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Coronary artery disease starts silently, often early in life. In fact, there’s a good chance that you’ve got at least the beginnings of it — and might not know it.

Heart disease is a leading cause of death for U.S. men and women. It usually involves coronary artery disease (CAD). The coronary arteries deliver blood to heart muscle. If fatty plaques in those arteries restrict blood flow, that’s coronary artery disease.

It doesn’t happen all at once. But it’s “silent” in early stages.

“CAD is a lifelong process. It progresses over time,” says Jeffrey Berger, MD, director of the Center for the Prevention of Cardiovascular Disease at NYU Langone Health. “It starts probably in your late teenage or early adult years. You start developing fatty streaks in arteries that subsequently develop into plaque.”

“Even when you are 18 years old, you can start to form blockages in your arteries,” says Leslie Cho, MD, section head of preventive cardiology and rehabilitation and director of the Women’s Cardiovascular Center at the Cleveland Clinic.

When Coronary Artery Disease Starts

CAD is usually full blown by the time men are in their 50s and 60s and women are in their 60s and 70s. But it starts decades earlier.

Both Berger and Cho point to a 1953 study  of people, mostly men, who died in the Korean War.  Autopsies showed that more than 75% of their hearts had plaque lining the coronary arteries. They didn’t necessarily die of heart disease — but they had at least some of its signs.

That study was one of the first to help doctors understand that CAD starts early, without any signs, and unfolds over time.

Other studies found the same thing, including one of people who died after trauma (like car accidents) before they turned 35. Even at that young age, 78% of their hearts showed signs of CAD. In 1 in 5 of those hearts, the coronary arteries were narrowed by more than half. And in almost 1 in 10, that narrowing was even more severe.

This work also points to something else: “Most people do not know that they have coronary artery disease, that they have plaque,” Berger says.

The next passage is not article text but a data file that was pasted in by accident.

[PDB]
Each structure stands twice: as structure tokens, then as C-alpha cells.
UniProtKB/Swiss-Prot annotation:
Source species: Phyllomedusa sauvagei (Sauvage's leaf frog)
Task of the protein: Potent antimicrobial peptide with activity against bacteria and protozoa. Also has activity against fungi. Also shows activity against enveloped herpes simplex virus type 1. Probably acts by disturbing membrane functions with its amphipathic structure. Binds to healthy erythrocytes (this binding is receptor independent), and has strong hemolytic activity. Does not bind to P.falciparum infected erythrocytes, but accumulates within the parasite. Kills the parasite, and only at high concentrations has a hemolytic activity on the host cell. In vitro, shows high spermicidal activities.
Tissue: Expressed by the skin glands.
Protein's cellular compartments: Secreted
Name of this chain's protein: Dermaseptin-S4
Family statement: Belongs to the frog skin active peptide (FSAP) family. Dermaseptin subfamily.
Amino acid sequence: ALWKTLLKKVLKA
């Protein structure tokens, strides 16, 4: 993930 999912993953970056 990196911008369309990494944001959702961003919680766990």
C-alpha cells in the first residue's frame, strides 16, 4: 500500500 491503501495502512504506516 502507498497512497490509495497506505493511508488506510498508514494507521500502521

Do You Have Coronary Artery Disease?

In most cases, people find out they have coronary artery disease only after they have symptoms including fatigue, chest pressure, tightness, or a general feeling of discomfort, known as angina. Symptoms usually worsen with exercise and get better with rest.

“They are functionally limited,” Cho says. “This is how the majority of people get diagnosed. Some get diagnosed only after a heart attack or stroke. That’s the unfortunate way to find out.”

Besides age, some of the things that put you at risk are high blood pressure, high levels of “bad” cholesterol, smoking, diabetes, and not being physically active.

There are several ways to diagnose CAD. Doctors can measure electrical signals in your heart or check that it’s pumping normally. An exercise stress test can help, too. Doctors can also use imaging tests.

“Really, plaque is almost always there,” Berger says. “It’s a matter of figuring out how much there is, quantifying it.”

And all plaque may not carry the same risk.

Put Coronary Artery Disease in Check

What doctors and patients really want to know, Berger says, is which plaques are most likely to burst open and trigger a life-threatening problem.

“When plaques rupture, that’s what causes a heart attack,” Berger says. He notes that some people who have heart attacks have relatively little plaque. “The Holy Grail is predicting which plaques will rupture. There’s a lot of data to help, but we aren’t there yet.”

These days, Berger says, doctors usually don’t use stents or do other “invasive” procedures to open up coronary arteries unless someone has a blockage and symptoms. The key to preventing CAD, or at least slowing it down, is to take strong action to tame your risk factors. This  includes making healthy lifestyle changes.

“There’s a lot you can do,” Berger says. Lifestyle changes, such as being active, managing stress, eating a heart-friendly diet, and not smoking, matter so much. “People need to take an active role in their own heart health.”

Medications to control blood pressure, lower high levels of LDL (bad) cholesterol, and prevent clots can help a lot, too.

Your First Step

Ask your primary care doctor for a risk-factor assessment, Cho says. This should include a physical exam in which your doctor:

  • Checks your blood pressure
  • Collects samples of blood for lab tests that check your cholesterol levels and  fasting glucose
  • Asks about your family’s health history, including heart problems

You and your doctor can also review any lifestyle habits that would help, such as exercising, changing your diet, managing stress, getting enough sleep, and not smoking. Also discuss any conditions you have that might affect your heart’s health. Managing those risks is key.

Even if you have early signs of CAD already developing, there’s plenty of hope.

“The beauty of cardiovascular disease is it’s preventable,” Cho says. “Even if you have the worst family history, you can prevent it with the right medicine and the right lifestyle modifications. That’s the good news of prevention.”

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